The Cambridge Geek


It's the far future. You're an investigator, sending a small team of robotic drones to derelict spaceships, which have suffered some form of apocalyptic death. As you travel, you'll need to collect resources, such as fuel to allow you to keep moving, and scrap to let you repair each robot as well as upgrade them. These upgrades improve the functionality of each machine, with only those with the relevant equipment being able to do necessary tasks like "gather", "interface" or "tow".

But you're not on the ship with the robots. Instead you are in a command vessel somewhere else. And you can only see what's going on in two ways. You can look through the eyes of a particular robot as you drive it round (with WASD controls). This is useful because it lets you find the different things you need to pick up, but it also means you have a very limited view. You don't know what else is going on.

The other way of observing is an overview, with each robot you control represented by a little icon, along with the same for generators, doors, rooms and the things you need to pick up. This is the more strategic view of ordering about your robots, because the simple driving them around is very limiting. The other way you actually control them is through a command line style structure. Simple commands like "generator" will let a robot with the relevant upgrade power the ships you land on, whereas careful use of a semi-colon will let you drive them around multiple rooms performing several actions.

Got to stay out of the red zone.

So the main aim is collecting fuel so that you can keep investigating, but the more important challenge is that the ships are infested with different enemies that can easily disable or destroy your robots. These threats are detected one of two ways. The first is the simplest, but also least helpful.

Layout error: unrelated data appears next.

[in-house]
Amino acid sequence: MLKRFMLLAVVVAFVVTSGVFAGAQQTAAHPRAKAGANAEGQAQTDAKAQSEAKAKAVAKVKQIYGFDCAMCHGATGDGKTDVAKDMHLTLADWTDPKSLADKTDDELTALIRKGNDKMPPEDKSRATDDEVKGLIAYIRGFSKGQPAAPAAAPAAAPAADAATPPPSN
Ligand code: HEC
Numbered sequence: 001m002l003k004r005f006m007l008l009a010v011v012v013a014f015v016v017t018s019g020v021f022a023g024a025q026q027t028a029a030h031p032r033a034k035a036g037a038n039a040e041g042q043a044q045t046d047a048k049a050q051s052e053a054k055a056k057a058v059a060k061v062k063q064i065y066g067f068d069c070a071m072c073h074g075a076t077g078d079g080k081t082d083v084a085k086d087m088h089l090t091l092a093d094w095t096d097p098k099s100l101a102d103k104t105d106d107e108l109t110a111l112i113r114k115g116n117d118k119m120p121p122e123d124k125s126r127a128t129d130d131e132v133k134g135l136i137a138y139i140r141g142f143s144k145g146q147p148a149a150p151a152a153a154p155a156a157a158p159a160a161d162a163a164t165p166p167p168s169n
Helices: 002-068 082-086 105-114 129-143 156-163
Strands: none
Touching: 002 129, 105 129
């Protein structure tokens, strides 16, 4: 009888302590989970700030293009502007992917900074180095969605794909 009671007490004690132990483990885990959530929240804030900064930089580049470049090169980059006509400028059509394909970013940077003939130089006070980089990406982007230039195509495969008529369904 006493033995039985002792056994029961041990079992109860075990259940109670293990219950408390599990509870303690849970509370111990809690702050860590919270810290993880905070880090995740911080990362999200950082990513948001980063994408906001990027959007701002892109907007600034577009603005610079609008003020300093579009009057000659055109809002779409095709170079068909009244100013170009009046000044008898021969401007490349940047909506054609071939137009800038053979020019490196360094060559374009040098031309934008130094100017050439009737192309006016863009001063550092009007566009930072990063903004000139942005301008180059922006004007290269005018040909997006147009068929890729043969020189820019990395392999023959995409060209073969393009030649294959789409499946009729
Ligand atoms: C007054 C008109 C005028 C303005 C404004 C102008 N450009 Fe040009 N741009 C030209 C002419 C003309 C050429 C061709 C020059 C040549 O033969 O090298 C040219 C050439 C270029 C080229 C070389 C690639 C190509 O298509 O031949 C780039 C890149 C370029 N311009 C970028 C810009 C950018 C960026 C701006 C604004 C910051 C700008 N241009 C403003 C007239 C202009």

That's accidentally walking into them when exploring a ship, and typically dying immediately.

In space, no one can hear you backpedal frantically.

The second is the use of a motion detector, which allows you to work out what's in the rooms around you. Each room will be coded red, green or yellow. Green rooms are safe, red rooms contain death and yellow rooms can't be scanned. This means you need to try and manipulate possible threats from rooms you can't scan to rooms you can. It's a slow, thoughtful process, that requires careful planning and a decent memory to track which rooms you've checked and which are possibly unsafe. The fact that you do all this through a typed command line adds an unexpected amount of fun to it, bringing back memories of the text adventures I spent a lot of my childhood playing.

Sometimes, it goes very wrong.

Aliens and killer robots aren't the only threats though. Space itself is dangerous. Accidentally open a ship you're on to the cold vacuum of space, and it'll start sucking all your drones out into it. Hell, sometimes space is actively trying to kill you. Asteroids can smash rooms open and take out an entire team very quickly. (See the gif. I nearly cried.)

Very easy to restart with a new team though, and generous enough that you don't need to reset the entire universe if you muck it up. I can see this stealing a lot of my time.

Score 5

Tagged: Game Roguelike Topdown Average difficulty PC